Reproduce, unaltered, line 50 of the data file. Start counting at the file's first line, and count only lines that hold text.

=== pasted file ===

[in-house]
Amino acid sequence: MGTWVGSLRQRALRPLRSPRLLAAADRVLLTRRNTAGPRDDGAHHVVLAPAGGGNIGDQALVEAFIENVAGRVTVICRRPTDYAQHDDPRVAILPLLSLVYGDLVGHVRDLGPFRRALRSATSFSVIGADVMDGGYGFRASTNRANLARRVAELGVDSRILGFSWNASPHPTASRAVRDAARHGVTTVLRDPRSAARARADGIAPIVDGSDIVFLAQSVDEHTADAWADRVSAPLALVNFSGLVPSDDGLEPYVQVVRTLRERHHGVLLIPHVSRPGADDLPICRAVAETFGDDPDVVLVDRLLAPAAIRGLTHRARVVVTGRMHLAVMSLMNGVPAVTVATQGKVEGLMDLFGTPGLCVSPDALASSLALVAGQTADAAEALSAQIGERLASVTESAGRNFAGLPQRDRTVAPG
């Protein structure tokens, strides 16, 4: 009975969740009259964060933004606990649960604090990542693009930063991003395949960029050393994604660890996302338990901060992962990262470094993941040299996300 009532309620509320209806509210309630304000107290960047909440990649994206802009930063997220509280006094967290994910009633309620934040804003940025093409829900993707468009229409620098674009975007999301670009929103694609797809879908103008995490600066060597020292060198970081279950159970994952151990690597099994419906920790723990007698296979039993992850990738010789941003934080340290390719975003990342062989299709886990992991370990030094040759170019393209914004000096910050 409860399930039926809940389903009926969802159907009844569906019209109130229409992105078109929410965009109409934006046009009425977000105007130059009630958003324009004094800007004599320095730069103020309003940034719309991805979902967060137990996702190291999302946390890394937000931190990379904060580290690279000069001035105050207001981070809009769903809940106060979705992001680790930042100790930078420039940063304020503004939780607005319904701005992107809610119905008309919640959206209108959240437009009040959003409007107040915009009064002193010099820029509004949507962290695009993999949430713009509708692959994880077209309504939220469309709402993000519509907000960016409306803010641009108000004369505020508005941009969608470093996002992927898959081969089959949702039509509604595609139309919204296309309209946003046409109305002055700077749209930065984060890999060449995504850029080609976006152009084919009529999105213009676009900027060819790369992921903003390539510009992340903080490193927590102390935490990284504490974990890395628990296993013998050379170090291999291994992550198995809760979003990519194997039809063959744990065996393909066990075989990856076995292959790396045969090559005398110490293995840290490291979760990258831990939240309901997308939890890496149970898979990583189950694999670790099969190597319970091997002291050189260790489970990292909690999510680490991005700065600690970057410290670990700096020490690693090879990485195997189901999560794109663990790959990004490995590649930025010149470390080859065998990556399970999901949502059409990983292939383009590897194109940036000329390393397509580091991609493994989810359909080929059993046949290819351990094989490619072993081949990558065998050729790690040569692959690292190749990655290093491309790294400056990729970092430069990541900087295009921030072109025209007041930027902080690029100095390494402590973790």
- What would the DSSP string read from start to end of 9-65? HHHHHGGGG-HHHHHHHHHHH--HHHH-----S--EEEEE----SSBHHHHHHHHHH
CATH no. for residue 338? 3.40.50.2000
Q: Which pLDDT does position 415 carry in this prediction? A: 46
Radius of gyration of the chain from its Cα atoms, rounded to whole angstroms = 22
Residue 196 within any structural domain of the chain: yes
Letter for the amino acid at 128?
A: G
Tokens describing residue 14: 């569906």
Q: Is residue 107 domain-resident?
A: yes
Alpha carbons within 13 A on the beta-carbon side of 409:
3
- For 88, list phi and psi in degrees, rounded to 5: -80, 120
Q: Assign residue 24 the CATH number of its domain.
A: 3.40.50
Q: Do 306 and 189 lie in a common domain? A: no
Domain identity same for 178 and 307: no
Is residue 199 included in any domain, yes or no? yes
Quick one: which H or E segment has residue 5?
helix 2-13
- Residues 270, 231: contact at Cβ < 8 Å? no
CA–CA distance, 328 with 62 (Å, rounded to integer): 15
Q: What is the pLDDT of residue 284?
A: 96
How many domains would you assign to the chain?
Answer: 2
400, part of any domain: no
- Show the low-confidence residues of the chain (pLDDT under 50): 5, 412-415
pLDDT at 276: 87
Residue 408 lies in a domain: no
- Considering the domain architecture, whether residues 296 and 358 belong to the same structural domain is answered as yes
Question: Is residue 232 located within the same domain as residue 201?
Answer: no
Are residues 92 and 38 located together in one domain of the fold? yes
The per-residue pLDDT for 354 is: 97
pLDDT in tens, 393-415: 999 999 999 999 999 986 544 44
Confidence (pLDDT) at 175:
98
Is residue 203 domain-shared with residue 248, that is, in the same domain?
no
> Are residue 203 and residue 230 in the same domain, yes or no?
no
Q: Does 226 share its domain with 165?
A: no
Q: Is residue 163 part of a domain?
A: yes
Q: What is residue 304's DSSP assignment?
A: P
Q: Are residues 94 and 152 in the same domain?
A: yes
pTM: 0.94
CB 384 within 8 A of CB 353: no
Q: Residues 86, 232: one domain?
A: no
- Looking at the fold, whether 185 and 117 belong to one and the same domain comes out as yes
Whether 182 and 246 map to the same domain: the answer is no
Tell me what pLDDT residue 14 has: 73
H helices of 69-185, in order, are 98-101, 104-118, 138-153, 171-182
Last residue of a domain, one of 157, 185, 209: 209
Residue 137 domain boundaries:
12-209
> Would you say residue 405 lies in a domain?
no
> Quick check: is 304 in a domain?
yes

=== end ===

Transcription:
Q: What is residue 304's DSSP assignment?